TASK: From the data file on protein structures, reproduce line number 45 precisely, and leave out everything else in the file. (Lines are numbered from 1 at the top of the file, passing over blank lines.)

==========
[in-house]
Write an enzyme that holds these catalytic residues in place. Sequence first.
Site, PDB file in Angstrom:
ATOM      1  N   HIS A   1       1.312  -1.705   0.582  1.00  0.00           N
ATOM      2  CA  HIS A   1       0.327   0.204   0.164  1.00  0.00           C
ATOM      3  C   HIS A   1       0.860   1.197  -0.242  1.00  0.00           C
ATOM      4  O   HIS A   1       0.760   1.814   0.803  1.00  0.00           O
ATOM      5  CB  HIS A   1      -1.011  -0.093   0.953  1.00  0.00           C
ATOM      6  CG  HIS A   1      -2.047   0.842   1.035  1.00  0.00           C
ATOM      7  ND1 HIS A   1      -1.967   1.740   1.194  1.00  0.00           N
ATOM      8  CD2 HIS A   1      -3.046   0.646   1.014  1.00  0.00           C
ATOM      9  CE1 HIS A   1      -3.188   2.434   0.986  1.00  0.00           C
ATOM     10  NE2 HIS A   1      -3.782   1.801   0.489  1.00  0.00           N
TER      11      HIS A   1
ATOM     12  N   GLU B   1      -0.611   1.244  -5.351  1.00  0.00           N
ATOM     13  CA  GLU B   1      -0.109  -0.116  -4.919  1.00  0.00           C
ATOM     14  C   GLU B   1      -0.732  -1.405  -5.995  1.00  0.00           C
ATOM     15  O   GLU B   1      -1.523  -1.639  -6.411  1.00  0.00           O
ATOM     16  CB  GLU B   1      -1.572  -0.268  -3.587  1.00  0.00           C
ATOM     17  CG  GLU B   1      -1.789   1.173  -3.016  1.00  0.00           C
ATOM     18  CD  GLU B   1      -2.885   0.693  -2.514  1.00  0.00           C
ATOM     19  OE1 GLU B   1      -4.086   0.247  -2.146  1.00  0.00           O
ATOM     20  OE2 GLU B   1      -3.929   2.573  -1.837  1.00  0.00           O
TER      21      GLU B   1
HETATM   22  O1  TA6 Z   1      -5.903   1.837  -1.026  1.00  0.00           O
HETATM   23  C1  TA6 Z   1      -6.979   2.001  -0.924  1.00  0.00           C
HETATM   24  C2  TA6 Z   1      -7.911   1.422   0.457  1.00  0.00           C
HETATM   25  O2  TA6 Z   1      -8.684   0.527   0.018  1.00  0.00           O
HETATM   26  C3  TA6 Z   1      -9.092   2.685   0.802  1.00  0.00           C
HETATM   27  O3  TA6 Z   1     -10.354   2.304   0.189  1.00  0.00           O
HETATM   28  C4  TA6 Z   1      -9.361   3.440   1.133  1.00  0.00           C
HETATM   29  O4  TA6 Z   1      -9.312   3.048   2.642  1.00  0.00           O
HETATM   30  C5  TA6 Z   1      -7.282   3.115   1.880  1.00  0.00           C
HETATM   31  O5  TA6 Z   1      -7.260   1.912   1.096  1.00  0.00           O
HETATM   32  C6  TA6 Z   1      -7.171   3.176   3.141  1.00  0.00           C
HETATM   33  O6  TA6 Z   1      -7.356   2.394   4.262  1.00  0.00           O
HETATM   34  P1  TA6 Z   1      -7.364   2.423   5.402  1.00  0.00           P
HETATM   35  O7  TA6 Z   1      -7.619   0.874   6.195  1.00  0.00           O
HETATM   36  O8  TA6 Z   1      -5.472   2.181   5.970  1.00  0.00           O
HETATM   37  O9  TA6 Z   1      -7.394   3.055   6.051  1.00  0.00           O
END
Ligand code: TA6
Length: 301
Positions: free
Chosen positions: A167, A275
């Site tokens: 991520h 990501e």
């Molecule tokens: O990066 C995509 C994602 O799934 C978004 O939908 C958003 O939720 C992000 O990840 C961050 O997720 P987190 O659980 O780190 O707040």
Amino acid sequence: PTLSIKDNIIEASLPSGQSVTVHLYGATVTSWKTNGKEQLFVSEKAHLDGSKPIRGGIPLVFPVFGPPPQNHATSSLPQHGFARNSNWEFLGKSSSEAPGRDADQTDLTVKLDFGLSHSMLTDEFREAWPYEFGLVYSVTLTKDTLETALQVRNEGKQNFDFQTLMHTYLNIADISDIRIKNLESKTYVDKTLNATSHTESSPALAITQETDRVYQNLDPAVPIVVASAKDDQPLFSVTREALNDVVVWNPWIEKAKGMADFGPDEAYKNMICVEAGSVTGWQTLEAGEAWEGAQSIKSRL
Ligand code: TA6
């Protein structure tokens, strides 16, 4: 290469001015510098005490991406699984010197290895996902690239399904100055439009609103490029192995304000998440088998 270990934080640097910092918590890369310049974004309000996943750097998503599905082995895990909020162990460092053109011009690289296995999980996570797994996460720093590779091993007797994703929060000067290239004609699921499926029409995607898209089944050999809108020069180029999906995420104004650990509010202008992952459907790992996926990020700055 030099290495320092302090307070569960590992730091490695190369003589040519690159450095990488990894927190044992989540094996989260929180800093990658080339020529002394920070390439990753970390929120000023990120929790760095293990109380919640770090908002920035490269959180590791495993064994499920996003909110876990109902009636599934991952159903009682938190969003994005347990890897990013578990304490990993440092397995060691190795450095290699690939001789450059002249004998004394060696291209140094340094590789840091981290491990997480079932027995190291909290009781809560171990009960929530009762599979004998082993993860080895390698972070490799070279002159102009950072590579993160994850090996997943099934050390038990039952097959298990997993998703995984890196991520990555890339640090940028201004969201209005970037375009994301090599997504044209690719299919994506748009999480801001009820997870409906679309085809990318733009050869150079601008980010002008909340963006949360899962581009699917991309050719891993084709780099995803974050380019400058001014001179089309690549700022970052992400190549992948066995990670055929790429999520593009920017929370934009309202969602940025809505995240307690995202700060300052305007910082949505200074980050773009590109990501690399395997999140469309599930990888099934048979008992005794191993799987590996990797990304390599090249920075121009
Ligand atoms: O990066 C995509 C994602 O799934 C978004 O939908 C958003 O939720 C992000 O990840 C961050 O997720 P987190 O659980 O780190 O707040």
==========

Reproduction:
Chosen positions: A167, A275